|Directed by||Mike Leigh|
|Produced by||Graham Benson|
|Written by||Mike Leigh|
|Edited by||Lesley Walker|
Meantime is a 1983 made for television comedy drama film directed by Mike Leigh, produced by Central Television for Channel 4. It was shown in 1983 at the London Film Festival and on Channel 4 and at the 1984 Berlin International Film Festival. According to the critic Michael Coveney: "The sapping, debilitating and demeaning state of unemployment, the futile sense of waste, has not been more poignantly, or poetically, expressed in any other film of the period."
The film unfolds in brief episodes, detailing the travails of the working-class Pollock family, who live in a shabby flat in a tower block in London's East End. They are struggling to stay afloat during the recession under Prime Minister Margaret Thatcher's premiership. Only the nagging, put-upon mother Mavis (Pam Ferris) is working; the bitter, feckless father Frank (Jeff Robert) and the couple's two sons Colin (Tim Roth), an extremely shy young man, and Mark (Phil Daniels), his outspoken, headstrong older brother, are on the dole. Their aimless, querulous existence is contrasted with Mavis's sister Barbara (Marion Bailey) and her husband John (Alfred Molina), whose financial and social loftiness in suburban Chigwell serves as a comfortable facade for their lacklustre marriage.
The boys spend their time at home, on the street, at friends' flats, in the unemployment office, and at the local pub. Mark is continually scrounging for cash and cadging drinks from his friends, among them Coxy (Gary Oldman in his screen debut), a crude, impulsive skinhead. Colin has a crush on a sweet-natured girl named Hayley (Tilly Vosburgh), but he can't bring himself to act upon it. Mark mocks his father, teases Colin by calling him "Kermit" and "Muppet," and makes insinuations about Barbara's troubled relationship with her husband. Barbara offers Colin a job helping her redecorate her home, but when Mark shows up, Colin withdraws, refuses to do any work, and finally leaves. When he returns home, he's had his head shaved. There is no resolution to the film, simply a succession of days that present commonplace problems, amusements, conversations, and arguments.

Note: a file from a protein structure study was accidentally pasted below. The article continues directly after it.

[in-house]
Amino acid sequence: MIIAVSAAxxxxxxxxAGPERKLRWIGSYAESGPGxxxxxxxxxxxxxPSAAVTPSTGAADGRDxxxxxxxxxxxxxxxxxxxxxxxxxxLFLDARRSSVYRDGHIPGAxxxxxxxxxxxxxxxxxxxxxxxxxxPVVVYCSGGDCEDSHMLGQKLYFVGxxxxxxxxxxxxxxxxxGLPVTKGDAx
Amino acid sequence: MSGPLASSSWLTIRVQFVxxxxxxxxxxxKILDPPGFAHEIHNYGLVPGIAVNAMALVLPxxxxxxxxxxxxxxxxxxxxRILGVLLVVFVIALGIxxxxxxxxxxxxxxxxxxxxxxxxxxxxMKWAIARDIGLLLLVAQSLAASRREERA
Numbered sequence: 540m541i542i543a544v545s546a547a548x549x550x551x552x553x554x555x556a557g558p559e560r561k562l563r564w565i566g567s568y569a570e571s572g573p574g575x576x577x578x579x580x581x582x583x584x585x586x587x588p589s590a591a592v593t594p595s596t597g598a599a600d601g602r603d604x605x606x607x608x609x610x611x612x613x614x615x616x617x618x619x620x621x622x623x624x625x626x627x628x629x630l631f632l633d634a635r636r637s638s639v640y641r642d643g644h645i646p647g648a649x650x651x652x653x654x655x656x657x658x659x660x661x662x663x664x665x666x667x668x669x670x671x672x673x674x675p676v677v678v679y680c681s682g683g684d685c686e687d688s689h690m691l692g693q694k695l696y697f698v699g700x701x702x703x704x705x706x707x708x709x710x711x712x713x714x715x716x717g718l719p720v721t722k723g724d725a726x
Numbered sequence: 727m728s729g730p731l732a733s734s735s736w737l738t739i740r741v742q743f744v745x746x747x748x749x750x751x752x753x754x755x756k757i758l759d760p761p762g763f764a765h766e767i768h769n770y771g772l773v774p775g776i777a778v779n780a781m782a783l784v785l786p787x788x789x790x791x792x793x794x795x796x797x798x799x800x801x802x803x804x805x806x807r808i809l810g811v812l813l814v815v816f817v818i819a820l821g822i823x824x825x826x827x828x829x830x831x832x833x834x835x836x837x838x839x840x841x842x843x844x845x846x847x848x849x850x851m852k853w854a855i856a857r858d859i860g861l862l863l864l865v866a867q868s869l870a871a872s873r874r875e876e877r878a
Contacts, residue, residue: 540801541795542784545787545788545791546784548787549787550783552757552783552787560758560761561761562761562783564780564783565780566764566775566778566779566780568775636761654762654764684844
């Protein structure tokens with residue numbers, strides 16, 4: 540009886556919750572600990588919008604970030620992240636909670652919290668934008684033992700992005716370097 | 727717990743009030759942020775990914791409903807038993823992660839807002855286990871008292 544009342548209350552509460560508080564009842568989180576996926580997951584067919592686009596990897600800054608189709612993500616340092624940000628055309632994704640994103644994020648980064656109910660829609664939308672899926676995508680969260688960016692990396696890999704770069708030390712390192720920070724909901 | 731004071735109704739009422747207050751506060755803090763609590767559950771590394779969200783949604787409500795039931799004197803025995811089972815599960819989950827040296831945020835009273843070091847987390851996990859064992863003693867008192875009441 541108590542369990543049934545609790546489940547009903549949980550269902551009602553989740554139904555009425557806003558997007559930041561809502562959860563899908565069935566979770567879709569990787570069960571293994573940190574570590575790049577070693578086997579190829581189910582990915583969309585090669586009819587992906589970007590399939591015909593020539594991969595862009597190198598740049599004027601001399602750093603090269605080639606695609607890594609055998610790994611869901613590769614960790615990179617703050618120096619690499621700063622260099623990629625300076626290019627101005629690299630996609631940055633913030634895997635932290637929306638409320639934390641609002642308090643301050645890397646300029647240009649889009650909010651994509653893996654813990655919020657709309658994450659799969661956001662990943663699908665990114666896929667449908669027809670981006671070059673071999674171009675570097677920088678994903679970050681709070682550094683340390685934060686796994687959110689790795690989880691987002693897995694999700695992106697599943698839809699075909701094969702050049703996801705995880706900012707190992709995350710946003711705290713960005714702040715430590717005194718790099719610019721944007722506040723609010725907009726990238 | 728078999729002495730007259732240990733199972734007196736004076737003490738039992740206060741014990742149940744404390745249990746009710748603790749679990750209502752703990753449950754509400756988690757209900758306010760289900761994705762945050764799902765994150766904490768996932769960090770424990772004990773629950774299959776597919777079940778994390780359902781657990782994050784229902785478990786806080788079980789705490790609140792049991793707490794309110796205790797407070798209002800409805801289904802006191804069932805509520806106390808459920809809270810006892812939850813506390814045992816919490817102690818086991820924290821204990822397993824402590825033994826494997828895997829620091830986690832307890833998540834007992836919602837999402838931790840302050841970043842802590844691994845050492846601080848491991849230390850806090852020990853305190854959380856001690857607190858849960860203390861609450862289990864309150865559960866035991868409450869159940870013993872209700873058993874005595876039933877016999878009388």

- Marion Bailey as Barbara
- Phil Daniels as Mark
- Tim Roth as Colin
- Pam Ferris as Mavis
- Jeffrey Robert as Frank
- Alfred Molina as John
- Gary Oldman as Coxy
- Tilly Vosburgh as Hayley
- Paul Daly as Rusty
- Leila Bertrand as Hayley's Friend
- Hepburn Graham as Boyfriend
- Peter Wight as Estate Manager
- Eileen Davies as Unemployment Benefit Clerk
- Herbert Norville as Man in Pub
- Brian Hoskin as Barman
- Bryant Court (Pollock family flat), Whiston Road, London E2
- Dunston Road (canal scene), London E2
- 10 Gwynne Park Avenue (Barbara and John's house), Woodford Bridge, London IG8 8AB
- Trafalgar Square, London
- Chigwell, north-east London
- Woodford Green, north-east London
One day at the rehearsal space, a factory in Homerton, Roth and Oldman were throwing a milk bottle around. Suddenly Roth threw it up and it hit a fluorescent lighting strip. Leigh saw "...Gary's shaven head erupt into a thousand red blotches; in the film you can see the stitch marks." He rushed Oldman to hospital. "As I drove him there, all done up in his skinhead stuff, covered in blood, Gary said to me, "For fuck's sake, tell 'em I'm an actor!" He could easily have lost his eyesight in the accident, and I do not know to this day what I would have done if that had happened."
- Michael Coveney, The World according to Mike Leigh, p.174
- Coveney, p.176